Tuesday, January 27, 2015
YOLO COUNTY NEWS
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Senate vote nears, background check bill in peril

Former Rep. Gabrielle Giffords, D-Ariz., walks Tuesday with  Rep. Ron Barber D-Ariz., and Speaker of the House John Boehner of Ohio, at the dedication of a room in the Capitol to slain congressional staffer Gabriel Zimmerman. Zimmerman died two years ago in the Tucson, Ariz., attack that critically wounded Giffords.   AP photo

Former Rep. Gabrielle Giffords, D-Ariz., walks with Rep. Ron Barber D-Ariz., and Speaker of the House John Boehner of Ohio, during the dedication of a room in the Capitol Visitors Center to slain congressional staffer Gabriel Zimmerman on Capitol Hill, in Washington, Tuesday, April 16, 2013. Zimmerman died two years ago in the Tucson, Ariz., attack that critically wounded Giffords and took six lives. (AP Photo/Jose Luis Magana)

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From page A2 | April 17, 2013 |

WASHINGTON (AP) — A bipartisan effort to expand background checks is in deep trouble as the Senate approaches a long-awaited vote on the linchpin of the drive to curb gun violence. As the showdown draws near, an Associated Press-GfK poll shows ebbing public support for tightening gun control laws.

In the run-up to the roll call expected Wednesday, so many Republicans had declared their opposition to the background check measure that supporters — mostly Democrats — seemed headed to defeat unless they could turn votes around in the final hours. Supporters seemed likely to lose some moderate Democratic senators as well.

“It’s a struggle,” New York Sen. Chuck Schumer, the No. 3 Senate Democrat, conceded Tuesday.

Perhaps helping explain Democrats’ problems, an AP-GfK poll this month showed that 49 percent of Americans support stricter gun laws. That was down from 58 percent who said so in January — a month after the December killings of 20 children and six aides at a Newtown, Conn., elementary school propelled gun violence into a national issue.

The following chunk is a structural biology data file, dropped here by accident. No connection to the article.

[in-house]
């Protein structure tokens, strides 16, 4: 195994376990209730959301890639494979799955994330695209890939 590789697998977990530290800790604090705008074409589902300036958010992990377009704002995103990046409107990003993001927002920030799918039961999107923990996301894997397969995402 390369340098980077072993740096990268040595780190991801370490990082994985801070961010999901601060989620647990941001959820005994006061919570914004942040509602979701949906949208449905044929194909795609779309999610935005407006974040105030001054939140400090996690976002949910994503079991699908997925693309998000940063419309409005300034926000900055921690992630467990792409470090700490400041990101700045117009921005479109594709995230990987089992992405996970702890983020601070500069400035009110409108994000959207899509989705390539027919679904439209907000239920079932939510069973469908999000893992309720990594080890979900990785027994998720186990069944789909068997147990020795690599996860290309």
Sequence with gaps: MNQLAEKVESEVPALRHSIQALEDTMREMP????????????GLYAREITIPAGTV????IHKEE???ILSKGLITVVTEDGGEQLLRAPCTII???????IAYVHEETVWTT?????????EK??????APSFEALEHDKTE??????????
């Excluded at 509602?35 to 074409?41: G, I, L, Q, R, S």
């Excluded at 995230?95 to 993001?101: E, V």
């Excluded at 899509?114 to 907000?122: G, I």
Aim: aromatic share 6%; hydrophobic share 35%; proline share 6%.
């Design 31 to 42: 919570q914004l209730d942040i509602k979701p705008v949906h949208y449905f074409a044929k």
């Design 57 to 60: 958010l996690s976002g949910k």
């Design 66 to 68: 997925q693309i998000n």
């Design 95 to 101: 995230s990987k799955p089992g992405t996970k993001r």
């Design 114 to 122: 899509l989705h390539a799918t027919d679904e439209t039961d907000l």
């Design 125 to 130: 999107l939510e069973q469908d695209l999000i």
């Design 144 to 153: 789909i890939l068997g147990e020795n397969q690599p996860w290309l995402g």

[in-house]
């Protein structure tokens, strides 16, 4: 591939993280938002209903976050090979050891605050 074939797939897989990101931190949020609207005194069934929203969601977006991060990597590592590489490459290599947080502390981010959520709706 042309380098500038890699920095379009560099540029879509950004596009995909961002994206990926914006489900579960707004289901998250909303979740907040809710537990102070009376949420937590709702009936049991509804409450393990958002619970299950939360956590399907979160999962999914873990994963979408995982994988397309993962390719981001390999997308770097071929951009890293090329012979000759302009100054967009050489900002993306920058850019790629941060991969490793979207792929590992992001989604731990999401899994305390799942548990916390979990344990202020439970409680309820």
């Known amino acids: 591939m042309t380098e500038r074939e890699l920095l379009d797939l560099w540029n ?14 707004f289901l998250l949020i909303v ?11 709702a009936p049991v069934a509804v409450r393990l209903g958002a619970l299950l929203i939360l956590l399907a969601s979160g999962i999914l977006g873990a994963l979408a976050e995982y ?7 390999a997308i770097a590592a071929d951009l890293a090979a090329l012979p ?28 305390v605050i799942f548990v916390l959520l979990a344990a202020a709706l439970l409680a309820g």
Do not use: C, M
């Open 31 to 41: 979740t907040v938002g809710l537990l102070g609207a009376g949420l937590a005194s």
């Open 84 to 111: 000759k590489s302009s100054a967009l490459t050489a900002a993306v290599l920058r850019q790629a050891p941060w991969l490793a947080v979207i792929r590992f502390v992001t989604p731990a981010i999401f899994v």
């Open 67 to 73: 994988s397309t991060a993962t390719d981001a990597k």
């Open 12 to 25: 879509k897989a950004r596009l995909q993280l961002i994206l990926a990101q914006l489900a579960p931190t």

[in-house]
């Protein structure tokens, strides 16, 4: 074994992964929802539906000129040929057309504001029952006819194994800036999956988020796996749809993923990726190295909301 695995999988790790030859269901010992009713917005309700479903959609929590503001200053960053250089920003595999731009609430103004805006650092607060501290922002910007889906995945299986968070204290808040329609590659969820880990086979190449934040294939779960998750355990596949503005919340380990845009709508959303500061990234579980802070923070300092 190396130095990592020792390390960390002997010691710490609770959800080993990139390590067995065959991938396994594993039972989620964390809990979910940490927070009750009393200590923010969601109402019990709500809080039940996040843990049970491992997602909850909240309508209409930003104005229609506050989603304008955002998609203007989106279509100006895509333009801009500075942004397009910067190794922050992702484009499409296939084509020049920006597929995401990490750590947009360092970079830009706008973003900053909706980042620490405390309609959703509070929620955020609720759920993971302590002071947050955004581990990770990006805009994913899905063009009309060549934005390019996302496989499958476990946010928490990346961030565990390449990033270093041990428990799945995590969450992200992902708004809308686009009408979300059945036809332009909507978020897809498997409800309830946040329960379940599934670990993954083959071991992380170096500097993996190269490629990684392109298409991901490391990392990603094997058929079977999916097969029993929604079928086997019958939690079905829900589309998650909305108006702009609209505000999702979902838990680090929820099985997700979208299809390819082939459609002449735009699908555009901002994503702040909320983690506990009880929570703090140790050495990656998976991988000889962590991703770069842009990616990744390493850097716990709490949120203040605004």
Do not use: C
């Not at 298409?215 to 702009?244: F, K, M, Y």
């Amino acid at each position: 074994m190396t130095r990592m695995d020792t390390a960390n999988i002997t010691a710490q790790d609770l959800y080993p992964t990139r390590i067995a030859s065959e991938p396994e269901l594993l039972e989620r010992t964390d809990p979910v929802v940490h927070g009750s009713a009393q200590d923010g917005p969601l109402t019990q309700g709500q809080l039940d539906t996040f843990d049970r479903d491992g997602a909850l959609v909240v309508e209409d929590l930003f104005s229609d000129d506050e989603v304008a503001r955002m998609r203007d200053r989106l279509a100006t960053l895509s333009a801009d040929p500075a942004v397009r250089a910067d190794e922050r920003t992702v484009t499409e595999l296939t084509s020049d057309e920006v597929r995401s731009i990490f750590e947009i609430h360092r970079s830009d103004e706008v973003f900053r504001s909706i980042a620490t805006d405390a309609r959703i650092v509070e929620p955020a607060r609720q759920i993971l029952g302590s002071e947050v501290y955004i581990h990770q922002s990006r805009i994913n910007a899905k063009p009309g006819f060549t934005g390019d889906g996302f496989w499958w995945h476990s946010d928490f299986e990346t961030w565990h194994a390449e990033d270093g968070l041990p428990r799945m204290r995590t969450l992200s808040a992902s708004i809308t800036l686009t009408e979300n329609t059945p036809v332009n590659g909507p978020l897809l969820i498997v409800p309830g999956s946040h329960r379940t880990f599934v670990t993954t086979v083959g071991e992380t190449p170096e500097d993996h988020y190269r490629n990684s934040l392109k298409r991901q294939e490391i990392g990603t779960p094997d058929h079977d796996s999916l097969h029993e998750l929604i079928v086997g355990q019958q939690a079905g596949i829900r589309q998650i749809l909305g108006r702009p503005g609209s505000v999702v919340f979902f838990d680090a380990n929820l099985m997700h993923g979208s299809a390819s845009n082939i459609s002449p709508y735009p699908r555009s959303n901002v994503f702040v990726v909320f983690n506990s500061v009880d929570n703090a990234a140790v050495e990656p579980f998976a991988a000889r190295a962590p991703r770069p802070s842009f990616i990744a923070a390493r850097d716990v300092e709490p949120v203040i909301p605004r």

Just over half the public — 52 percent — expressed disapproval in the new survey of how President Barack Obama has handled gun laws. Weeks after the Newtown slayings, Obama made a call for near universal background checks the heart of his gun control plan.

“Every once and awhile we are confronted with an issue that should transcend politics,” Obama said in an interview that aired Wednesday on NBC’s “Today” show. “And now’s the time for us to take some measure of action that’s going to prevent some of these tragedies from happening again.”

In a climactic day, the Senate planned to hold eight other votes Wednesday besides the one on background checks, all of them amendments to a broad gun control measure.

They included Democratic proposals to ban assault weapons and high-capacity ammunition magazines, which are expected to lose; a Republican proposal requiring states to honor other states’ permits allowing concealed weapons, which faces a close vote; and a GOP substitute for the overall gun measure.

The concealed weapons amendment, seen by advocates as protecting gun rights, was vehemently opposed by gun control groups, who say it would allow more guns into states with stricter firearms laws.

The votes were coming a day after former Rep. Gabrielle Giffords, badly injured in a 2011 mass shooting in Tucson, Ariz., and her husband, Mark Kelly, tried galvanizing gun control support by visiting Capitol Hill and attending a private lunch with Democratic senators. Senate Majority Leader Harry Reid, D-Nev., called the lunch — senators said it included emotional speeches from lawmakers — “as moving as any” he has attended.